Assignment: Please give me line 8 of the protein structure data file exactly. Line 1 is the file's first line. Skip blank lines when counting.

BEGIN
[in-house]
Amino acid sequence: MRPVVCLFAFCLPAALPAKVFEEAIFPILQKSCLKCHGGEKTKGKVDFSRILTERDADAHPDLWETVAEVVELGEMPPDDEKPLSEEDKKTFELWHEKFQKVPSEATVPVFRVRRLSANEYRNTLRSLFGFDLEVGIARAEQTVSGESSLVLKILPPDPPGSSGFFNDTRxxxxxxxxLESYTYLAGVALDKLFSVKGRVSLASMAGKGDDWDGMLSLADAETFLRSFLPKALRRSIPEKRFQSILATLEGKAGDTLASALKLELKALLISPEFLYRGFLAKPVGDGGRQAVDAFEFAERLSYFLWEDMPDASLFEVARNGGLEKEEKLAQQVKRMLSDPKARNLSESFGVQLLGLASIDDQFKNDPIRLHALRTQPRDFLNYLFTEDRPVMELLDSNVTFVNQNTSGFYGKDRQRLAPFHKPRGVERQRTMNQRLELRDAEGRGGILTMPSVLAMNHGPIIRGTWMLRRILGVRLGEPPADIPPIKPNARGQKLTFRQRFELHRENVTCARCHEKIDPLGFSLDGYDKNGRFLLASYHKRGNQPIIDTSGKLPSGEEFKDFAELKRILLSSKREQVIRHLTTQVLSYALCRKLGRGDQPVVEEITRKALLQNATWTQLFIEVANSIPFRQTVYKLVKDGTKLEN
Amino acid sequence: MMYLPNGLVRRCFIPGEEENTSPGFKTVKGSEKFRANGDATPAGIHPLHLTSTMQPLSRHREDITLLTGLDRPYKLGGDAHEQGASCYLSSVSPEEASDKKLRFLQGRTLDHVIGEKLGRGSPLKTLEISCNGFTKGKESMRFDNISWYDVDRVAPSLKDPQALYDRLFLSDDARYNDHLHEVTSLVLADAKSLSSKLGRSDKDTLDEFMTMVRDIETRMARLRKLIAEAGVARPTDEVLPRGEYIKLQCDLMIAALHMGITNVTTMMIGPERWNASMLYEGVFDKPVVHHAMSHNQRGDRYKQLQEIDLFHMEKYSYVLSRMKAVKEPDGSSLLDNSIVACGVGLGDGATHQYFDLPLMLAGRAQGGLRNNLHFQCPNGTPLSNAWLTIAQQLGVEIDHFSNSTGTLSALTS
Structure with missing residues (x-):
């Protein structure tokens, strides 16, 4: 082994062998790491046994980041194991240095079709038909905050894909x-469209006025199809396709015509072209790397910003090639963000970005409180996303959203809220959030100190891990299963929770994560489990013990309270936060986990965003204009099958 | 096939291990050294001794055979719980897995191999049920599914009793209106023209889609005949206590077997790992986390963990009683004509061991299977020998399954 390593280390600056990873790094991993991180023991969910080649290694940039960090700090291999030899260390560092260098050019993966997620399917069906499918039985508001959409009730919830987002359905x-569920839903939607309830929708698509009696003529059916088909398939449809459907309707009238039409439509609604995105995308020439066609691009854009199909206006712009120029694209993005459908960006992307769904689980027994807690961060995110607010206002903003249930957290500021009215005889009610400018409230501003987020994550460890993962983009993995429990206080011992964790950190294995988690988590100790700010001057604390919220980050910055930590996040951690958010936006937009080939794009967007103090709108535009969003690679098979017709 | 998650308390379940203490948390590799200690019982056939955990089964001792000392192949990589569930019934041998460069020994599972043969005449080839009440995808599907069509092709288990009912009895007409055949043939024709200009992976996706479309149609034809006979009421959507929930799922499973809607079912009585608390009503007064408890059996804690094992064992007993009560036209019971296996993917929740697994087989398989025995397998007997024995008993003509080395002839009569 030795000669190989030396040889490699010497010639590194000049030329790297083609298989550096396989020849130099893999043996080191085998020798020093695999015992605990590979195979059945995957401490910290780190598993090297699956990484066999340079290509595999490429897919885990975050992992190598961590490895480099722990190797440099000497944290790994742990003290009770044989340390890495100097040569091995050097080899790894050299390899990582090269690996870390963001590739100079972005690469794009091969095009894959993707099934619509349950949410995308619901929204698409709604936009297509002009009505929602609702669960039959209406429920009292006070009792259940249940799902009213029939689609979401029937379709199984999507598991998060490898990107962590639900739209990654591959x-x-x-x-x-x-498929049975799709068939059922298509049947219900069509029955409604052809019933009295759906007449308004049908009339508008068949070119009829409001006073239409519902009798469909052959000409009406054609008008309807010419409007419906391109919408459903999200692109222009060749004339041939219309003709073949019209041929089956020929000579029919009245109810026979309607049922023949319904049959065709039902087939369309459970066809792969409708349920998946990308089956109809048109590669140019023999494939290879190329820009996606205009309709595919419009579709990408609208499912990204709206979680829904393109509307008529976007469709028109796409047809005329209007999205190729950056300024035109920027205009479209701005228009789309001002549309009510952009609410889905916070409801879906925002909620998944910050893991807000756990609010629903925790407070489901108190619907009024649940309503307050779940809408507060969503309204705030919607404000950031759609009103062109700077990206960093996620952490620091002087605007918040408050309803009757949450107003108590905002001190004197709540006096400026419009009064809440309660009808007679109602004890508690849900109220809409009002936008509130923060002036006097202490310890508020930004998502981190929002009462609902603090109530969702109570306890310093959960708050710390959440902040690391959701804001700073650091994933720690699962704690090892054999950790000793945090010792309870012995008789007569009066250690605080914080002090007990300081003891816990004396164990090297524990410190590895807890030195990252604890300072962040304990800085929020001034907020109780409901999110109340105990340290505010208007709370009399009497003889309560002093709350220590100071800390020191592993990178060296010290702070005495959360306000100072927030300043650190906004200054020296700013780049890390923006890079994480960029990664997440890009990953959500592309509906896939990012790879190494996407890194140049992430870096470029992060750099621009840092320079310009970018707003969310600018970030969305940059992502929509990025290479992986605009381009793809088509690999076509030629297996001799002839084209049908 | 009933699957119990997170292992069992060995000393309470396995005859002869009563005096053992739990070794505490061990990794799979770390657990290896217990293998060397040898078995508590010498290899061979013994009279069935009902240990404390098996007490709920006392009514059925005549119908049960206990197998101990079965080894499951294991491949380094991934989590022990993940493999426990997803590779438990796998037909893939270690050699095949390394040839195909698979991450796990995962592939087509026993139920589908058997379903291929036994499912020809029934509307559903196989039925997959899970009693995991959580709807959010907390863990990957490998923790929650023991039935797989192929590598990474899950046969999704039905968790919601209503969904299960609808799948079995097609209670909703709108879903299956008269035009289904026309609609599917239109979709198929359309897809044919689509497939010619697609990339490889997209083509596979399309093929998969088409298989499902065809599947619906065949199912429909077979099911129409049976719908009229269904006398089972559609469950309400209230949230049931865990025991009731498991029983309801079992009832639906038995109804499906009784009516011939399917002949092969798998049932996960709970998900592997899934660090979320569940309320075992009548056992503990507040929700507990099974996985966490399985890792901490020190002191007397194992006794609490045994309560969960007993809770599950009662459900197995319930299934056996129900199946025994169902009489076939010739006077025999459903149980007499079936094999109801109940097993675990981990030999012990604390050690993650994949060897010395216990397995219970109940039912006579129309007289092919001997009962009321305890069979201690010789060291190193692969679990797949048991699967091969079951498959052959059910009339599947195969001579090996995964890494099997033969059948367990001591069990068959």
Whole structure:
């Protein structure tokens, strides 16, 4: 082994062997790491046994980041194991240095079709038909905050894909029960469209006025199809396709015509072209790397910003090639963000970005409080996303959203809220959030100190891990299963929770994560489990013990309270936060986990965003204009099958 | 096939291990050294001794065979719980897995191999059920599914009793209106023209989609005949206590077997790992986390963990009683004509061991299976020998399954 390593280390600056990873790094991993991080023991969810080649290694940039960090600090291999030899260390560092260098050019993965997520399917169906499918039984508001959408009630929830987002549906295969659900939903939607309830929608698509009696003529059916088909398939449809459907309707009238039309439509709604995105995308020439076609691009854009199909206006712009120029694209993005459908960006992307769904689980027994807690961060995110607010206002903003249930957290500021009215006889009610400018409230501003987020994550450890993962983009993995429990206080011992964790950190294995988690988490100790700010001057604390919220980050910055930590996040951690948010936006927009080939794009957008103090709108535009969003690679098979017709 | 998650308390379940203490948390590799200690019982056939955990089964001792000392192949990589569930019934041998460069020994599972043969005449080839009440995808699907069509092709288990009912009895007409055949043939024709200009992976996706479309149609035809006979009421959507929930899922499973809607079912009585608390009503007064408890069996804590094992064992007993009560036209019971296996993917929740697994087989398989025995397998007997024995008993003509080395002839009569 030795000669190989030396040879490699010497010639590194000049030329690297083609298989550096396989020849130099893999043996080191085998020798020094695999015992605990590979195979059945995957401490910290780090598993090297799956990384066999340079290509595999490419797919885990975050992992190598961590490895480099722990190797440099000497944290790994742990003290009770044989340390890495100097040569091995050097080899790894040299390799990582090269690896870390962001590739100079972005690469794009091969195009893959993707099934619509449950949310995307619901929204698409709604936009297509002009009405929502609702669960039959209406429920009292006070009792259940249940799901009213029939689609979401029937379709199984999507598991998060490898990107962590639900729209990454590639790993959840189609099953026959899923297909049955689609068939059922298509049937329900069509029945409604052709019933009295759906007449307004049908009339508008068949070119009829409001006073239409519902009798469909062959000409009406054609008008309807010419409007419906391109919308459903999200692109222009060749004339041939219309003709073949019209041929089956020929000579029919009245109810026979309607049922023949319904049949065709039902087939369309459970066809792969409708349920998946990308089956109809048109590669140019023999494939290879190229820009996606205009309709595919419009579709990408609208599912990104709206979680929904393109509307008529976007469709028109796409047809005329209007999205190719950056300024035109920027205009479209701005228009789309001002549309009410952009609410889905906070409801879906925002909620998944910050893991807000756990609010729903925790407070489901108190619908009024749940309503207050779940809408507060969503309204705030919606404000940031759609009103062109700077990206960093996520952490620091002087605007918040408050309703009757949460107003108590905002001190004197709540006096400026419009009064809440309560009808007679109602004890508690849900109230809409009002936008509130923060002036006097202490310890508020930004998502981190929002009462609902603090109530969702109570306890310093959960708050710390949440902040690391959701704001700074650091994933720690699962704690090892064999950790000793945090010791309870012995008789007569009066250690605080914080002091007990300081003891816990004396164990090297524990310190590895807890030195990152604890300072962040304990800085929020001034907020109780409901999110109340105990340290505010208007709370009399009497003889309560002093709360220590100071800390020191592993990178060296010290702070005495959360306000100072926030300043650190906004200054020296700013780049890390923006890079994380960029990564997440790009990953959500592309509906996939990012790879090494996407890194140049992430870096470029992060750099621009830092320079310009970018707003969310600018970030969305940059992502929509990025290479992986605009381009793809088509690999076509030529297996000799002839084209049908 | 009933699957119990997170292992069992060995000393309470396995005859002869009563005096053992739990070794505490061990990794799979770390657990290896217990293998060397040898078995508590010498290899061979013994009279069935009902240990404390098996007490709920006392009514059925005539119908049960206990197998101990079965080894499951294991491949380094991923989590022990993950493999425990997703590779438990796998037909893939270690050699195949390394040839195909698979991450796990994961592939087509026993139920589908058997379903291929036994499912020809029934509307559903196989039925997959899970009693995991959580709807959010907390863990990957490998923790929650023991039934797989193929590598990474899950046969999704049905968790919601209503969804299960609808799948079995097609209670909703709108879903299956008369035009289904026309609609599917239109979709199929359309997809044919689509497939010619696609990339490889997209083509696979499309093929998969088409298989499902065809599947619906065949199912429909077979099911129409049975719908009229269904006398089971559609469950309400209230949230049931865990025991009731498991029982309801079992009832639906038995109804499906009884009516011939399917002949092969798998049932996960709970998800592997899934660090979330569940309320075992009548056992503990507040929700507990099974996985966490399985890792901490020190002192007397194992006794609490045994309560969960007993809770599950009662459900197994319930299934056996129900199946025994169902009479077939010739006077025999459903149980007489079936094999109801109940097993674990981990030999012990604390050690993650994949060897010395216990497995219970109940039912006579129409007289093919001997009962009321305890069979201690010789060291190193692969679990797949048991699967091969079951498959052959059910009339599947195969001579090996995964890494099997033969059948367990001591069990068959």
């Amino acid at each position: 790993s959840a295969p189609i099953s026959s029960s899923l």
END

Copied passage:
């Amino acid at each position: 790993s959840a295969p189609i099953s026959s029960s899923l």